I was glad to hear from Tom, the former chief executive of Hughes Supply Inc. who retired to Montana after the company was sold to Home Depot Inc. in 2006. He tells me he's spent a good deal of time relaxing on his 30 acres in Bigfork but couldn't resist the call to run another company when the right opportunity presented itself last year.
Morgan is now chairman and CEO of Baker & Taylor, a privately owned distributor of books, videos and music to libraries, academic institutions and retailers.
Like at Hughes, he said he's looking to "take a company that's under-valued and bring greater value to it."
His new job is in Charlotte, N.C., but he still spends about one week a month in Montana and is planning to start spending more time again in his Isleworth home, which has been on the market for nearly two years.
I find it commendable that we have someone in the PSC that is trying to get whatever ammunition she can to hold the line on Progress Energy's determination to increase our rates, and your efforts to let their customers know what she's doing. What I can't understand is why Ms. [ Nancy] Argenziano and, especially you, don't know that much of the high-level salary information must be published in a public company's proxy statement. — Herb
You're right. The pay packages of Progress Energy's highest-paid executives are revealed in their annual proxy statements. But most of the six executives included in this filing are actually in North Carolina, where the company is based.
The exception is Jeff Lyash, who recently moved to the company's headquarters after serving as chief executive officer of Progress Energy Florida. In 2008 he earned a compensation package valued at $1.4million, including the grant date fair value of stock and option awards.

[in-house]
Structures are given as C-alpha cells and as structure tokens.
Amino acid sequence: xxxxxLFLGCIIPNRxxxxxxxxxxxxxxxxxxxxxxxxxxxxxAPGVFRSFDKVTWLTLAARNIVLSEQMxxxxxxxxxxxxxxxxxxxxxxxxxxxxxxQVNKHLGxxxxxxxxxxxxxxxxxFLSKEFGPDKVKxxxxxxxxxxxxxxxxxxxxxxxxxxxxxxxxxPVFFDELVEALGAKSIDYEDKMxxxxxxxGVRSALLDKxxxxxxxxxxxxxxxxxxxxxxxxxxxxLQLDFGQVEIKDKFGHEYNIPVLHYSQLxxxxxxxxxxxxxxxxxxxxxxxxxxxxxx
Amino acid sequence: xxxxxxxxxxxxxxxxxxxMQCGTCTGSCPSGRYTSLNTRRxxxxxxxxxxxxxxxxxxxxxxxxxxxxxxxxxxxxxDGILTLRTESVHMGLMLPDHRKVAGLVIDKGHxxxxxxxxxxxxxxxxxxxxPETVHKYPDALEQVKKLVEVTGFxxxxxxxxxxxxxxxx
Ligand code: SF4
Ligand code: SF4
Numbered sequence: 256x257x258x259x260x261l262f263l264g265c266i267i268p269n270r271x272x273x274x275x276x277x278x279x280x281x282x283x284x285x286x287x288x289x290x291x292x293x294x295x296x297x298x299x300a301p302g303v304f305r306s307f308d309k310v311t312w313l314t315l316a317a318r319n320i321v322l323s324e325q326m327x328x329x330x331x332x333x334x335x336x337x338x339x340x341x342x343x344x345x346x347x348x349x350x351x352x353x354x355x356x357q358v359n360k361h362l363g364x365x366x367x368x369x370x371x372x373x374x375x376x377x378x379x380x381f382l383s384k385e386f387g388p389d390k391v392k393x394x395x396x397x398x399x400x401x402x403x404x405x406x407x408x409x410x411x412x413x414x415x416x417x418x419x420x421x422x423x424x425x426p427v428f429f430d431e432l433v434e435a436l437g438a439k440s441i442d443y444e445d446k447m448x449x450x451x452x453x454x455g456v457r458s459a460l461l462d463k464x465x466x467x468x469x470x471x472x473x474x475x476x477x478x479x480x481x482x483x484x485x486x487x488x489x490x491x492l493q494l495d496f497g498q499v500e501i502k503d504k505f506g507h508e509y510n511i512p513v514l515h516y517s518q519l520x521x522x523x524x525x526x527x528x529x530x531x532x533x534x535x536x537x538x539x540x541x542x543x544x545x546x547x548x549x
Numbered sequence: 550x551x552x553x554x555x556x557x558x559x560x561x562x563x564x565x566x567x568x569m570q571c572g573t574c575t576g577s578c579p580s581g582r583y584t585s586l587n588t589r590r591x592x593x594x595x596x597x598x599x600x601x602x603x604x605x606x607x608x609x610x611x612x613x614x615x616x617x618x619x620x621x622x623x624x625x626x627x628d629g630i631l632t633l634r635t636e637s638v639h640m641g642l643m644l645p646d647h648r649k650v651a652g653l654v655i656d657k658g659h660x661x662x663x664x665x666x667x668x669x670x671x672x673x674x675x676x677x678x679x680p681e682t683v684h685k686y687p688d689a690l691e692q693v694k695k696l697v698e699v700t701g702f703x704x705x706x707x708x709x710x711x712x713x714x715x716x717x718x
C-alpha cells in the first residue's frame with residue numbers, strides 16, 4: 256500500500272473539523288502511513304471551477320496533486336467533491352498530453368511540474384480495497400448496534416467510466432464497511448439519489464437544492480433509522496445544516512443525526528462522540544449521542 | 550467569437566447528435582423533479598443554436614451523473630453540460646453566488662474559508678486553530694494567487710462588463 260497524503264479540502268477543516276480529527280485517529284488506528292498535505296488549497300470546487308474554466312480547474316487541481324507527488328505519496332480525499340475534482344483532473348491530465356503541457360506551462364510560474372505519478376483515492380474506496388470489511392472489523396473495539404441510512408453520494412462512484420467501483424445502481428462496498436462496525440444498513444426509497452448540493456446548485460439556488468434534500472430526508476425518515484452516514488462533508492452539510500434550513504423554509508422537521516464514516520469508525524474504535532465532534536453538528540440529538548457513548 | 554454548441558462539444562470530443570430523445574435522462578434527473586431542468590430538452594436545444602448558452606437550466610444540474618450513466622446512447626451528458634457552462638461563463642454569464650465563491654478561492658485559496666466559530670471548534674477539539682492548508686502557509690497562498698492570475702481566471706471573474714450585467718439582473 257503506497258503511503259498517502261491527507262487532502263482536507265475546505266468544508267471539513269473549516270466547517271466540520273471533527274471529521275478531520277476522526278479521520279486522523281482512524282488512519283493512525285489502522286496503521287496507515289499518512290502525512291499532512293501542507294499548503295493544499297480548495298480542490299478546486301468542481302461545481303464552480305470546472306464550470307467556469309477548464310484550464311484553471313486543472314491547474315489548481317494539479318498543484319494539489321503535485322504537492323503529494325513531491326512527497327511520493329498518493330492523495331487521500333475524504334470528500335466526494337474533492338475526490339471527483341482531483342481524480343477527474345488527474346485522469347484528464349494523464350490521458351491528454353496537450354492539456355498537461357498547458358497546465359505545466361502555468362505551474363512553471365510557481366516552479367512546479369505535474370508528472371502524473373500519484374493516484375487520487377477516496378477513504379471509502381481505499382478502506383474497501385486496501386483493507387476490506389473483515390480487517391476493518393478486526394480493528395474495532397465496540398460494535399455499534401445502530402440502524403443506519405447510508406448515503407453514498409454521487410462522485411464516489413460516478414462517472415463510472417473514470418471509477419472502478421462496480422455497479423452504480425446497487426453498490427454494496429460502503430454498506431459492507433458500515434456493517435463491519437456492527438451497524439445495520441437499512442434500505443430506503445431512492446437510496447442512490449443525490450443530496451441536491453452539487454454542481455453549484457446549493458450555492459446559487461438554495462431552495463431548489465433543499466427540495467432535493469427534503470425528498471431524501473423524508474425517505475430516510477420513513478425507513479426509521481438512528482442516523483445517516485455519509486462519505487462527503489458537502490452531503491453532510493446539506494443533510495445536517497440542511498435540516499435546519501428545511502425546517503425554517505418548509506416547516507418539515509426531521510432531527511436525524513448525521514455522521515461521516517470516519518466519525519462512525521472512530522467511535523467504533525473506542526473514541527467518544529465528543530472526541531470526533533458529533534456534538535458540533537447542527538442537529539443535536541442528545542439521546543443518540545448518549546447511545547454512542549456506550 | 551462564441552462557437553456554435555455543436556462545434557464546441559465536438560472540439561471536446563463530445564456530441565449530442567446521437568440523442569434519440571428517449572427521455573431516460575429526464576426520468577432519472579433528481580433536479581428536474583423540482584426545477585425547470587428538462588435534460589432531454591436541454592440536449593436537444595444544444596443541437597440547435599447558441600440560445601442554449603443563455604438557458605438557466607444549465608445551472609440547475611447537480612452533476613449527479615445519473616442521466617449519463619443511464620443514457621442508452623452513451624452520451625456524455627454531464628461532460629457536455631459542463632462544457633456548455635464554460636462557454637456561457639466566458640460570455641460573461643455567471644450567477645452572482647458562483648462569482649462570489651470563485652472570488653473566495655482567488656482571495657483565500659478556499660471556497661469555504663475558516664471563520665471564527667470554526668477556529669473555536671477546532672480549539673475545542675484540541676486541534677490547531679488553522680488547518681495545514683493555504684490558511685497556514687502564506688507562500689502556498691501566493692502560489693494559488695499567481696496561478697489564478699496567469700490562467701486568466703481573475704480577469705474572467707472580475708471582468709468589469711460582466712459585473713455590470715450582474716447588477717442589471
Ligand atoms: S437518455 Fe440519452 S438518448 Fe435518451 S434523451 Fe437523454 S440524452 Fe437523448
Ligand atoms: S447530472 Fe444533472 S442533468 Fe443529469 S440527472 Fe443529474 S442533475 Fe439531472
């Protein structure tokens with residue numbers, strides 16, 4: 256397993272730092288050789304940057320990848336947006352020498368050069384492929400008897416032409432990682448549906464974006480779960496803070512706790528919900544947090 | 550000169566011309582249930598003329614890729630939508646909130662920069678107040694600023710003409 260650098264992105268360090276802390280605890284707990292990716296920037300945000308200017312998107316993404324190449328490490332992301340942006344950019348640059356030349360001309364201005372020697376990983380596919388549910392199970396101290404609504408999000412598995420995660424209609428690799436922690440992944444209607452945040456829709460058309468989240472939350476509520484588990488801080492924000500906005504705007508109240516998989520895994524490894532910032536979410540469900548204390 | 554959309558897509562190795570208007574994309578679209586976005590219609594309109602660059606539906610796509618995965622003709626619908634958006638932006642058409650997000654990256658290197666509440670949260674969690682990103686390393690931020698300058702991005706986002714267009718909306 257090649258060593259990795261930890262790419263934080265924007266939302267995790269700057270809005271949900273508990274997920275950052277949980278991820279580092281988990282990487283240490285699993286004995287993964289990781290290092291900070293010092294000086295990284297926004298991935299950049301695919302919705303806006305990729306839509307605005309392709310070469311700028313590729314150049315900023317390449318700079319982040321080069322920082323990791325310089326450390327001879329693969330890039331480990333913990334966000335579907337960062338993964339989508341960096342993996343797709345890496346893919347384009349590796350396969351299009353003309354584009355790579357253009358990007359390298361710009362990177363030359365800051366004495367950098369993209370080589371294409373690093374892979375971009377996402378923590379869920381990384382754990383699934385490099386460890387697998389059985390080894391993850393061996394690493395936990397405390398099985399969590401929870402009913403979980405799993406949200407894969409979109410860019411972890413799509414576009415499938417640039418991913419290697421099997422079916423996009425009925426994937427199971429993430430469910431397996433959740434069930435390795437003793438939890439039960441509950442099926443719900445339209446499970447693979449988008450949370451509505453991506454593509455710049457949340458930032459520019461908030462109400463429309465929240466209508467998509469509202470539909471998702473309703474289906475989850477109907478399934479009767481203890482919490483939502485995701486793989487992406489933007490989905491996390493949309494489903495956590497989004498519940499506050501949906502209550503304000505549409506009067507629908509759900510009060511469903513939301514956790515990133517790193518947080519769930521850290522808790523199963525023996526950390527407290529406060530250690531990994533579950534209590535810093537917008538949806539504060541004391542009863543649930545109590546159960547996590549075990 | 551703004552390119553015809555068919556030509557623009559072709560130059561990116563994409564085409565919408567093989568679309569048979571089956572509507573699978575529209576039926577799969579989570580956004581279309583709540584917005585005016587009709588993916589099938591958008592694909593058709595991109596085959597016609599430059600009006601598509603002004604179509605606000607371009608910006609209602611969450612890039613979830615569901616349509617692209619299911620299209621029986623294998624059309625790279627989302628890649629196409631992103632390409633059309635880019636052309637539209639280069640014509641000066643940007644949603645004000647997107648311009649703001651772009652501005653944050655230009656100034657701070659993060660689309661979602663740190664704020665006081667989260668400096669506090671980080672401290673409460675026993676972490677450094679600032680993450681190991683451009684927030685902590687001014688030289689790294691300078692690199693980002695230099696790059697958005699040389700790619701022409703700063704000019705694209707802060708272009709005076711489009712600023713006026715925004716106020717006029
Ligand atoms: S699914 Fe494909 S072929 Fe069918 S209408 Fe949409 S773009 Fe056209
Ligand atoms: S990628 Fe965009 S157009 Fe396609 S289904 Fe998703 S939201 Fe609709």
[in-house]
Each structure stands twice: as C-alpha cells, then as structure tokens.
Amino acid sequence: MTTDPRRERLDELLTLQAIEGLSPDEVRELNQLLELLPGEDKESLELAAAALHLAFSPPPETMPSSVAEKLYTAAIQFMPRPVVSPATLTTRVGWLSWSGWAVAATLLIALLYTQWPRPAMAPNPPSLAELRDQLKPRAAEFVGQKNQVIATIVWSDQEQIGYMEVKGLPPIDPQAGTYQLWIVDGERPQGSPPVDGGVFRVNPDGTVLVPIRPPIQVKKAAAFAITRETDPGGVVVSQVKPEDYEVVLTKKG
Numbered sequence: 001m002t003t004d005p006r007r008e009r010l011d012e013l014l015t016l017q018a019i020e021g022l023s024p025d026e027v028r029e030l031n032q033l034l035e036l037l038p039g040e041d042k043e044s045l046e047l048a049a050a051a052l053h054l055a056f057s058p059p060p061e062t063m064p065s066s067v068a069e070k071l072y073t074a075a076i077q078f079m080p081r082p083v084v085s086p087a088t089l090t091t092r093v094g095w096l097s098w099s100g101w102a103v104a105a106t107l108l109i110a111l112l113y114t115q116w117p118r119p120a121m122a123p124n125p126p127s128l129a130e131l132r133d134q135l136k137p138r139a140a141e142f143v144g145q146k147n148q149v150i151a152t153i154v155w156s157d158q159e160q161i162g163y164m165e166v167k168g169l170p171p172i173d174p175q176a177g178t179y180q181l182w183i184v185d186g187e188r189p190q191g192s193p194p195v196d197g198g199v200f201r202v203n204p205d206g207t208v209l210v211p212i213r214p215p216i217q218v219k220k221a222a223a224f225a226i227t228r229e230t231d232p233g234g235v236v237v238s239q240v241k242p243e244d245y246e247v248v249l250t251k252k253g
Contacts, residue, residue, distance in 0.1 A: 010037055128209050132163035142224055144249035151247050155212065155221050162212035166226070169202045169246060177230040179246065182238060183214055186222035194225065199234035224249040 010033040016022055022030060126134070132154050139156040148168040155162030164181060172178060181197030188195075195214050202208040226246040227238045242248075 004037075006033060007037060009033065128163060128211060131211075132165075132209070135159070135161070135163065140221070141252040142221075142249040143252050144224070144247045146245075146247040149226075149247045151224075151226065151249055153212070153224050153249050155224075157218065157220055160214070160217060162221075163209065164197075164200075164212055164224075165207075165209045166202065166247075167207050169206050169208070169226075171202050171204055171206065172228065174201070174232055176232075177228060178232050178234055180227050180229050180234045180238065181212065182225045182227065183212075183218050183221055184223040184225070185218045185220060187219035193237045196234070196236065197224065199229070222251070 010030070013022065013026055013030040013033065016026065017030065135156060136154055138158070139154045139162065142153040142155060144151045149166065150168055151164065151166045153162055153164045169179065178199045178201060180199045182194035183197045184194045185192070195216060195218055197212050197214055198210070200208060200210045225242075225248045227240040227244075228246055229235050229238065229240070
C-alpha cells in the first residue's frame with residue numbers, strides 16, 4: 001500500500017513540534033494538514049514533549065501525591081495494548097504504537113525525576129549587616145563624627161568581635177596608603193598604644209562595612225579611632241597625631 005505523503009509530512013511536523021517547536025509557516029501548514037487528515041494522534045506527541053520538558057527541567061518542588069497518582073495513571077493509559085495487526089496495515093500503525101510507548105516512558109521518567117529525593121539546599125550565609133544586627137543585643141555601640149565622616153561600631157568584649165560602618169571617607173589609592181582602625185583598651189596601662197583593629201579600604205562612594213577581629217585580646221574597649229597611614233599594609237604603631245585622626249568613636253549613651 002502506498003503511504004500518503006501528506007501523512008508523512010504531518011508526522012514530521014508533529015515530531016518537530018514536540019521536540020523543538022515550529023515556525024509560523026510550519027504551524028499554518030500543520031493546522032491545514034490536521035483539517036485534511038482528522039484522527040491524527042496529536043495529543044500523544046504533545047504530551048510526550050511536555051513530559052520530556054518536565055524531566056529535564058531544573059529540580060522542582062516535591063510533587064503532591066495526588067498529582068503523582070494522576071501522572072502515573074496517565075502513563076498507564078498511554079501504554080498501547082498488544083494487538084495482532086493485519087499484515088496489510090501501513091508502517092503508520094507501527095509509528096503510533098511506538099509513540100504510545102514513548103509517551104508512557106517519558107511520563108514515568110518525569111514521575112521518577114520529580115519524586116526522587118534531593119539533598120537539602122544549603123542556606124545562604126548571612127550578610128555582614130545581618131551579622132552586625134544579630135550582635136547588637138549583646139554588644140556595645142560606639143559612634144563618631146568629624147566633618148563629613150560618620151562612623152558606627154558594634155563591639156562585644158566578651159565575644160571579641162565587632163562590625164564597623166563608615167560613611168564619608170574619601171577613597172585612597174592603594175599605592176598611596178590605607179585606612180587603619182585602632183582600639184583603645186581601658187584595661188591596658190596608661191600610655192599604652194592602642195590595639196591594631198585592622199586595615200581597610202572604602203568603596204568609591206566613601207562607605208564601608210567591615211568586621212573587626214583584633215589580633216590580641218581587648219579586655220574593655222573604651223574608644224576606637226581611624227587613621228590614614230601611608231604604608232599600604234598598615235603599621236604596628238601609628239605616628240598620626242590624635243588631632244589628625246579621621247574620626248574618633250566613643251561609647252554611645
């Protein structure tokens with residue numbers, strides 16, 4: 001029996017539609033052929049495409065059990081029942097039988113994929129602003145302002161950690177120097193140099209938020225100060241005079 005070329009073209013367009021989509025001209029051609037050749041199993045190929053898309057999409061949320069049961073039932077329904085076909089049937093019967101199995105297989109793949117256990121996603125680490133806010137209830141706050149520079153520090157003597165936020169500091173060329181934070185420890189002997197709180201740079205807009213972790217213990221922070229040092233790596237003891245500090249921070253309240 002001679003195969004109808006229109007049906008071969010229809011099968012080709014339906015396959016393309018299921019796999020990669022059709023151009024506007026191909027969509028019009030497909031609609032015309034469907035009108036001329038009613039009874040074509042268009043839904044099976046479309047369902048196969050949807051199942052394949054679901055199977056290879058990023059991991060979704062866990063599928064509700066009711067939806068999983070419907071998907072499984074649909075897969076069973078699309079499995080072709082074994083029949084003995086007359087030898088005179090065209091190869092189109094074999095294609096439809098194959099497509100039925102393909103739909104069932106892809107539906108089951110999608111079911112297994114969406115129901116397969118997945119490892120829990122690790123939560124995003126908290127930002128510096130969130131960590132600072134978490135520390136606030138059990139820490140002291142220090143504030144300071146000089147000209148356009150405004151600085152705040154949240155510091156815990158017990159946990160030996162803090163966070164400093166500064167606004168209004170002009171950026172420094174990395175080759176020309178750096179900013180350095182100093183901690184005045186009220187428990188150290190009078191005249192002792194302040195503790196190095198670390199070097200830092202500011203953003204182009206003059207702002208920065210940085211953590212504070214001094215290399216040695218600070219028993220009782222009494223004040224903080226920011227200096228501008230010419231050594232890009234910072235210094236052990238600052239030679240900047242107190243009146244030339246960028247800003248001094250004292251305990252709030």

Argenziano and the other four public service commissioners voted last week for Progress and Florida Power & Light to divulge the salaries of nearly 600 employees who earn more than $165,000 so that they can consider payroll expenses as they decide whether to grant the companies rate increases.
I live near Windermere and, given the way the economy overall has been in the past few years, it does not surprise me that the Isleworth residents are feeling the pinch, too. Yesterday I read about that survey indicating that Orlando is one of the worst cities in the U.S. for job seekers and it's totally true. I've been looking for a full-time position in government, teaching or consulting for the past two years and ... nothing. What is it about Orlando (and Florida in general) that keeps its economy undiversified? — Joe
Judging by the numbers, there are plenty of people who feel your pain. Last week we found out that Florida's population dropped for the first time in decades by 9,700. And tourists were down by 9 percent from April to June. The state's days of wild growth are over. That doesn't mean efforts to diversify are iced over. There is still lots of work going on to build Central Florida's economy, namely a health-care cluster in Lake Nona. But while we once expected to reap those rewards within five to 10 years, my bet is the time horizon now is even longer.
Beth Kassab can be reached at firstname.lastname@example.org or 407-420-5448. Read her blog at orlandosentinel.com/ thebottomline.